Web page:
A good place to start is to take some time to reflect on your own resources. What are the internal and external strengths that have gotten you through other difficult times? My strengths I used were conscientiousness, creativity, curiosity, honesty, love of learning, diligence, mental agility, problem solving, fairness, love of life, optimism and humor. All of these played a huge role in figuring out what direction I needed to take. And as I tapped into those, it was easier to focus on building my weaker points.

Take time to look at your intrinsic values
How would you want to be remembered in your lifetime? Use this list to motivate youself in a productive way. Lean on your social connections and support. Train your mind to be less judgmental, giving your mind space to grow, take chances, fight back and regain a sense of purpose. Practice gratitude for what you have and give more emotional space and importance to those who love you than to those who are trying to destroy you. And most importantly, practice self-compassion.

I would ask myself, what would I tell a friend if they were in my position, and then apply that to myself, reminding myself to not let self-doubt or judgement hold me back from accomplishing what I want. To have self-compassion “helps deactivate the threat system, fosters psychological flexibility” (Kristin Neff, Dennis Tirch, Self-Compassion and Act, 2009) and gives you the ability to accept situations either negative or positive so you can act more resourcefully.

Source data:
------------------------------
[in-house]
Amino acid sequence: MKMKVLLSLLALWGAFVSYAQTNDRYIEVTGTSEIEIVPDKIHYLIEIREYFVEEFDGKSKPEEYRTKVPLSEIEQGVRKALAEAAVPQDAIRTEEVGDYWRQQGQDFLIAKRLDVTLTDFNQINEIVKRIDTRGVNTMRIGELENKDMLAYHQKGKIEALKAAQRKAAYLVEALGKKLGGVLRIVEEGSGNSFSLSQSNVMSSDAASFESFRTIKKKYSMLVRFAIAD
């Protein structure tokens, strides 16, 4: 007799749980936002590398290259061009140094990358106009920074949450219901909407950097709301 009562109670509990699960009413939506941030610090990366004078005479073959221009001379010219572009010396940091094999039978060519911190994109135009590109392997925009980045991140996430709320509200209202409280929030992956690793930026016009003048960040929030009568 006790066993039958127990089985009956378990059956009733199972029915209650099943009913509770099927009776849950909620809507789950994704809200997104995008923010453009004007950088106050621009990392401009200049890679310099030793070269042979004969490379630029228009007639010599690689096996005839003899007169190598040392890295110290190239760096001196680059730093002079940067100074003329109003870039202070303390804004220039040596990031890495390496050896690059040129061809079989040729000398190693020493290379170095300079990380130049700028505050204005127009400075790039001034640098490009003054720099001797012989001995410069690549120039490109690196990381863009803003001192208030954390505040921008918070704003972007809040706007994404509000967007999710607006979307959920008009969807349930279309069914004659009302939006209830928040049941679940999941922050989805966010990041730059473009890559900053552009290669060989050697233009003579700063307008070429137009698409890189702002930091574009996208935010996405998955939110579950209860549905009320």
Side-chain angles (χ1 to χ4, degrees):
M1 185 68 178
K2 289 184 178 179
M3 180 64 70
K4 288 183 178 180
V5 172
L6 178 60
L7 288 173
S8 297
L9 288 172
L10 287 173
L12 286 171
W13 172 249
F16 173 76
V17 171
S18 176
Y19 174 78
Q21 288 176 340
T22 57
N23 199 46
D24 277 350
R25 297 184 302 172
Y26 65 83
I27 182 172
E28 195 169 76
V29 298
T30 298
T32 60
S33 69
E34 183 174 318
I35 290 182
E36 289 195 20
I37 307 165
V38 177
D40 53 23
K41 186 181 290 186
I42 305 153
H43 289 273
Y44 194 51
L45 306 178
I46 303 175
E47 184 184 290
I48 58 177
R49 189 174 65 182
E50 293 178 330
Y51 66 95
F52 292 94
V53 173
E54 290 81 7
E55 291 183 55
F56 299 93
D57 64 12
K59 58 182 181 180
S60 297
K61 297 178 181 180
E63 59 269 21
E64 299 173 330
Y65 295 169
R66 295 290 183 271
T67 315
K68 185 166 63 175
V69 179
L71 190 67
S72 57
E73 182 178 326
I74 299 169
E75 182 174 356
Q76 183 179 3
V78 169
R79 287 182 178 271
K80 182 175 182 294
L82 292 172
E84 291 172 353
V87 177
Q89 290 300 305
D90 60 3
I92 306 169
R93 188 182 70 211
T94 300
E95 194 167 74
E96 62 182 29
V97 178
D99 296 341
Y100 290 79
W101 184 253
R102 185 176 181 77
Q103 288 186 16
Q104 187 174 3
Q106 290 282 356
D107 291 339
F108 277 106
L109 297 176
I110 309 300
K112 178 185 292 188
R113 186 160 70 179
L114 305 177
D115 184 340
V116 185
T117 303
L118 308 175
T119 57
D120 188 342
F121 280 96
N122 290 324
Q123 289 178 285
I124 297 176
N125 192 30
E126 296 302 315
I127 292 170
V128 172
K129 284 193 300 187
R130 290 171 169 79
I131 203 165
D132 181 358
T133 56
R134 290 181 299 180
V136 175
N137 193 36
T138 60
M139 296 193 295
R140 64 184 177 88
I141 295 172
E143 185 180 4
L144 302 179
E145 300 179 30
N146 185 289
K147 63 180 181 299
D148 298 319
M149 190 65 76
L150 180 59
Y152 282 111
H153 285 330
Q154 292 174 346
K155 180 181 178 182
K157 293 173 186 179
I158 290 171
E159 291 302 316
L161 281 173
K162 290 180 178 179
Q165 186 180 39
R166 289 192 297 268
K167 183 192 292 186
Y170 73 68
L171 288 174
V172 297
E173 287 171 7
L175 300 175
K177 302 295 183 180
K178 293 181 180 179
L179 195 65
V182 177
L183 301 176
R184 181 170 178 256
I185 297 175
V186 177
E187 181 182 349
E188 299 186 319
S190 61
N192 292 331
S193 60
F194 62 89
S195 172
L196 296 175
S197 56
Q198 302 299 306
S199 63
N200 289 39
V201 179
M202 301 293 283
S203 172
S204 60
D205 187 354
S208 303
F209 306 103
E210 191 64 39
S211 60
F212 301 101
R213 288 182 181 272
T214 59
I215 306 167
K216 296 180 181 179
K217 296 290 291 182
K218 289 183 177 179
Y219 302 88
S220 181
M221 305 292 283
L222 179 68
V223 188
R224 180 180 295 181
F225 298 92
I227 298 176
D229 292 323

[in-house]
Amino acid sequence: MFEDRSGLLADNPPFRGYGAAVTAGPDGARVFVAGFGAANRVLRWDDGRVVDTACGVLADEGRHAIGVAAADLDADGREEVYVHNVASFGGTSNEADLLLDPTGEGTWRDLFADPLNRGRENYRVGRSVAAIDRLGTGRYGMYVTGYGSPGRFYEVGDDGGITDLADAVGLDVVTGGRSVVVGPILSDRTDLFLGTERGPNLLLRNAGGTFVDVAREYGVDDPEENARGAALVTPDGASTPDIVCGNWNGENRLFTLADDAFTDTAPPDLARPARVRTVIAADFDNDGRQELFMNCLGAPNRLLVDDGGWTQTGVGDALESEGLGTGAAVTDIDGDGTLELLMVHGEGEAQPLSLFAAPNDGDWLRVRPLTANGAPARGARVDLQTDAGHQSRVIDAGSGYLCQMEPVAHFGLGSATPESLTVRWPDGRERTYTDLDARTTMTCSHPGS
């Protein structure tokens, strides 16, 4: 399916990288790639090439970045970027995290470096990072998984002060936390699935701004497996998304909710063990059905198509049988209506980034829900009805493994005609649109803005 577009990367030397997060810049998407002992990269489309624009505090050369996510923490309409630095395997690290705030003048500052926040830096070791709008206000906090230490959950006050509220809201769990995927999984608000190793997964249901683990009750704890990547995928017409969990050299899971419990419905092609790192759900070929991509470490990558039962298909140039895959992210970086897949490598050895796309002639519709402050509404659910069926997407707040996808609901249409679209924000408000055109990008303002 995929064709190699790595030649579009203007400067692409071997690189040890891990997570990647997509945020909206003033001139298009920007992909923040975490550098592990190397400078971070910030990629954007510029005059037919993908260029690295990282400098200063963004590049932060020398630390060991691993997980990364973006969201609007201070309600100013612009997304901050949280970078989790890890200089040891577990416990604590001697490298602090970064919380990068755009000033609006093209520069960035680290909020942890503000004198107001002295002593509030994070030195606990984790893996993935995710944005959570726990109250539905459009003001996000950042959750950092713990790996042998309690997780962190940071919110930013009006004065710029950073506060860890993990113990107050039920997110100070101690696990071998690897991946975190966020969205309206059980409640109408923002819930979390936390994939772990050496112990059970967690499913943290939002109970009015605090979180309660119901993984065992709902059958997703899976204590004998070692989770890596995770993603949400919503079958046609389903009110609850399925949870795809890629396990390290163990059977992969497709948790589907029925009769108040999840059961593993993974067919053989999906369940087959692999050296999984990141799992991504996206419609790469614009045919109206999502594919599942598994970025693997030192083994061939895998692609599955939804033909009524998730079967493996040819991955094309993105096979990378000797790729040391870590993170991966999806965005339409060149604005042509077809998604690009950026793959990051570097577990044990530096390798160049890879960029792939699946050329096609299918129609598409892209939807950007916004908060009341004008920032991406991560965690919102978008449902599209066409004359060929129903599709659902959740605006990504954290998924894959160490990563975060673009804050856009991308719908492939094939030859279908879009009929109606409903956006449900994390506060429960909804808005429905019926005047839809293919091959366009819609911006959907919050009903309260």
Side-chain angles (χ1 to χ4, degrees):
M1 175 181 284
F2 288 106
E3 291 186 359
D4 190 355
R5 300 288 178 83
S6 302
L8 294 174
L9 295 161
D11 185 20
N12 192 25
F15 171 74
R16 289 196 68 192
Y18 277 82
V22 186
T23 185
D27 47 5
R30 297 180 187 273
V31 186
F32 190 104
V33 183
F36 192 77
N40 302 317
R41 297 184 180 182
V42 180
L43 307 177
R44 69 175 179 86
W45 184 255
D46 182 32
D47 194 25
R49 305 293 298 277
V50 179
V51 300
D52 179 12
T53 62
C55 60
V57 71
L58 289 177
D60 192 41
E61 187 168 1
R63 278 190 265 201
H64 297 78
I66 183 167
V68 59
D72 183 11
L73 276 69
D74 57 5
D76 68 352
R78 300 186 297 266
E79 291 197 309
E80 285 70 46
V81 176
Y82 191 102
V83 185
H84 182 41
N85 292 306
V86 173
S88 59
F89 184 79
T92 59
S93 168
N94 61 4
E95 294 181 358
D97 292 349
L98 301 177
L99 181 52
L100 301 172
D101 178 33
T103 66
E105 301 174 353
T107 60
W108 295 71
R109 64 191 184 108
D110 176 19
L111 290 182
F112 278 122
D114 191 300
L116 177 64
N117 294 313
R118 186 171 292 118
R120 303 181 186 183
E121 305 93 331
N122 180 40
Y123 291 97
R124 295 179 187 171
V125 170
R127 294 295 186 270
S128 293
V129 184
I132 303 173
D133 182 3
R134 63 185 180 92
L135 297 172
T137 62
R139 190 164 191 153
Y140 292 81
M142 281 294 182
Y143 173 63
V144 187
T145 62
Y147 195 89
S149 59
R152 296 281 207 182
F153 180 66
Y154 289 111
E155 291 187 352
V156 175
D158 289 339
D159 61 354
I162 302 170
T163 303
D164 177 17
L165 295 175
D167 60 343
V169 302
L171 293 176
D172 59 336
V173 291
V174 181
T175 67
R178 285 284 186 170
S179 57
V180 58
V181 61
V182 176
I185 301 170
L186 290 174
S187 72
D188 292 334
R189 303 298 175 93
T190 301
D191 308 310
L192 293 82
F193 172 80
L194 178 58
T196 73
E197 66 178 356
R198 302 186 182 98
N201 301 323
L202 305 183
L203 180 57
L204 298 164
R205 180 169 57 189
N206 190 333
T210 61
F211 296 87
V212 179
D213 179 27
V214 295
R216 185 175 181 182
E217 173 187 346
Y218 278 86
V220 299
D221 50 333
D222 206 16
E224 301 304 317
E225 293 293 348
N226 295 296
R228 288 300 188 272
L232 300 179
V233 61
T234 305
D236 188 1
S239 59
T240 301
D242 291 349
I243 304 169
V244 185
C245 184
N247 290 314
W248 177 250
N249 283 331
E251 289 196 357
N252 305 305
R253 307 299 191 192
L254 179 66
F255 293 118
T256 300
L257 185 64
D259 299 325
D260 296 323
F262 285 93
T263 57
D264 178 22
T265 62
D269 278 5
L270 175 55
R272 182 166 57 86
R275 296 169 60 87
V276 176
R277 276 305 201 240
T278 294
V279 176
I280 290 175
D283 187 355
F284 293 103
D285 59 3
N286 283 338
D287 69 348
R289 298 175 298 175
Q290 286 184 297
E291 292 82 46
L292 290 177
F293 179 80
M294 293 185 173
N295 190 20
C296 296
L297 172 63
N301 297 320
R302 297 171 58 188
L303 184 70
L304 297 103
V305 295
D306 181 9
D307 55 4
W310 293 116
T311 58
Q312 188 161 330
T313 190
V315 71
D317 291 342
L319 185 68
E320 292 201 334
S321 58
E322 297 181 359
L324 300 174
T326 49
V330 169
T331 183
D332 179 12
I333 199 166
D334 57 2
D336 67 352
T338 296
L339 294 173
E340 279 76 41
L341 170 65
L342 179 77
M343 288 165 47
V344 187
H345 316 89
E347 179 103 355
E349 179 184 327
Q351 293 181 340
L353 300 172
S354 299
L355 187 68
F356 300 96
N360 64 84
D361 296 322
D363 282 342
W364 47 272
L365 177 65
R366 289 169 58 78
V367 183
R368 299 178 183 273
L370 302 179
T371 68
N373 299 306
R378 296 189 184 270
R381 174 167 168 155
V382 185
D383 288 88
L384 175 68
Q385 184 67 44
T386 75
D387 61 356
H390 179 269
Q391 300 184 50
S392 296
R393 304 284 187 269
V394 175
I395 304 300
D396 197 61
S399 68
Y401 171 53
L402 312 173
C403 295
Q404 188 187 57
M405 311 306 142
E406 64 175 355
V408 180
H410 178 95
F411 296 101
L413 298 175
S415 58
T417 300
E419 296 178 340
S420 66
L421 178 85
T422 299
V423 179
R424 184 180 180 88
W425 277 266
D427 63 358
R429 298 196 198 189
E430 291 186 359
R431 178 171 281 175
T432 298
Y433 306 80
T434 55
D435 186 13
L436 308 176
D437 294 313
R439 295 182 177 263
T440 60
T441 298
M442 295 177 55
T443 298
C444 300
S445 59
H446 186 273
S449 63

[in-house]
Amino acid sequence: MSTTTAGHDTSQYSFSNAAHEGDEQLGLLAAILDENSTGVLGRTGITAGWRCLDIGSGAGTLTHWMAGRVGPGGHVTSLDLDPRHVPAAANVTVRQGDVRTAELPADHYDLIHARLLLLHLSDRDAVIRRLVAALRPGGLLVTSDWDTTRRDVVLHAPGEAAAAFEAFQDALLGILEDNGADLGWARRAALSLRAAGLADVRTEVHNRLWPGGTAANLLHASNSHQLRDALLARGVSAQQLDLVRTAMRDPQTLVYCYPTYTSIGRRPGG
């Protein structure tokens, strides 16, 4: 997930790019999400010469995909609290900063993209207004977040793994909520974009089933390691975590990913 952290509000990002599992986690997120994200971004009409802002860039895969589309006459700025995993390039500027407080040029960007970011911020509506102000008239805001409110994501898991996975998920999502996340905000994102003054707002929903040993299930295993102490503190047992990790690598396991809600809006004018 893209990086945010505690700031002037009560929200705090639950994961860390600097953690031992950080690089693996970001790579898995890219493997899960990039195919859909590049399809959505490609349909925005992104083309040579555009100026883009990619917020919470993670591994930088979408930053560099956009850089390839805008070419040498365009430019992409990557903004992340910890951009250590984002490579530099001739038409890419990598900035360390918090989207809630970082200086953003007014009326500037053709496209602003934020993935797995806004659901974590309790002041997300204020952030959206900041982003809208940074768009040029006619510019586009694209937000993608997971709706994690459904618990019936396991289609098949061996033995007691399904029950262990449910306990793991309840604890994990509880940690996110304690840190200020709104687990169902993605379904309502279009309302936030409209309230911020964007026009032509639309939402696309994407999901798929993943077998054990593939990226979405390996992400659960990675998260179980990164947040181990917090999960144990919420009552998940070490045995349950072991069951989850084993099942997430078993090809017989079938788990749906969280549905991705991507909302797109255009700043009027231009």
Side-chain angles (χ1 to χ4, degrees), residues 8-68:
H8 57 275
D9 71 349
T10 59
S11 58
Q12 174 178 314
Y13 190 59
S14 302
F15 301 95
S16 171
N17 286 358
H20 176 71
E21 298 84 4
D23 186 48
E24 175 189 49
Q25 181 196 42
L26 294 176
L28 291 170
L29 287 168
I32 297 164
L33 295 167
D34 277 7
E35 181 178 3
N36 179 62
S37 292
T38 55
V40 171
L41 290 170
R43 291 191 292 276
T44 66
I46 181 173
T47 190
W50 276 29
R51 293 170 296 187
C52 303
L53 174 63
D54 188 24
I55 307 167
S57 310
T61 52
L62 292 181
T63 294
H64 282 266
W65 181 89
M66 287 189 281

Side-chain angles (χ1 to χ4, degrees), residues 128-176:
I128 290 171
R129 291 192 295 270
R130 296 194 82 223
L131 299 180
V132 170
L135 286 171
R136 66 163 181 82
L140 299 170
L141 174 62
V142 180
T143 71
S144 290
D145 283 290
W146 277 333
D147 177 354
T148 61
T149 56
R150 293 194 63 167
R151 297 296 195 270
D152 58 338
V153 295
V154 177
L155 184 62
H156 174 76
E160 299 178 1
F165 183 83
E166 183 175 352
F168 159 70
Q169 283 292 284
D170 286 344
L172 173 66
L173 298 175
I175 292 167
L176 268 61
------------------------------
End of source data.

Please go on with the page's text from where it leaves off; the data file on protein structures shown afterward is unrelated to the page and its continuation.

Prioritize YOU
Like with all challenges in life, your priority must be your own mental and physical well-being. You will need it to better defend yourself and to proactively take on the bully. You must intentionally make the decision to trust and nurture yourself. Knowing what you can control and can’t control – and practicing acceptance of what you can’t control – is a good first step to know where to put your attention and energy.

You may not be able to save your job, marriage, friendship, but you will be in better mental and physical shape to stand up for what is right, act in line with your values, and move on to a more meaningful and rewarding life that really belongs to you. Get professional help and guidance as well as legal advice if you need to as I did.

What you can learn from this experience
My coach helped me keep the focus on what I needed to build within myself so I could face those who were attacking me and have a better understanding of knowing what to do. And from everything I endured, experienced and learned, I moved onto a much richer life and career. I stayed close to my values and continued to be that devoted, energetic, creative problem solver that I really am. And as you start to rebuild your strength and confidence, make sure you reach out to friends and family who will always be there to help you stay on track. Spend time on activities that ground you and remind you of who you are. And remember, make your mental and physical wellbeing the priority. It’s a lifetime win-win choice.

If this article has touched you in any way, or if you are searching for help with issues to do with mental health, life coaching, or mindfulness, then please contact Elizabeth Ballin through the website or +41 76 364 66 31 This email address is being protected from spambots. You need JavaScript enabled to view it.

Author Bio

Elizabeth Ballin Life CoachElizabeth Ballin, Mental Health and Life Coach/Mindfulness Practitioner

As a long time member of the international community in Geneva, Elizabeth Ballin has been coaching adults and students from all parts of the world. She has coached business professionals, musicians/artists, couples, families and adolescents. She is a fully accredited Life Coach by the International Coaching Federation. https://ballincoaching.ch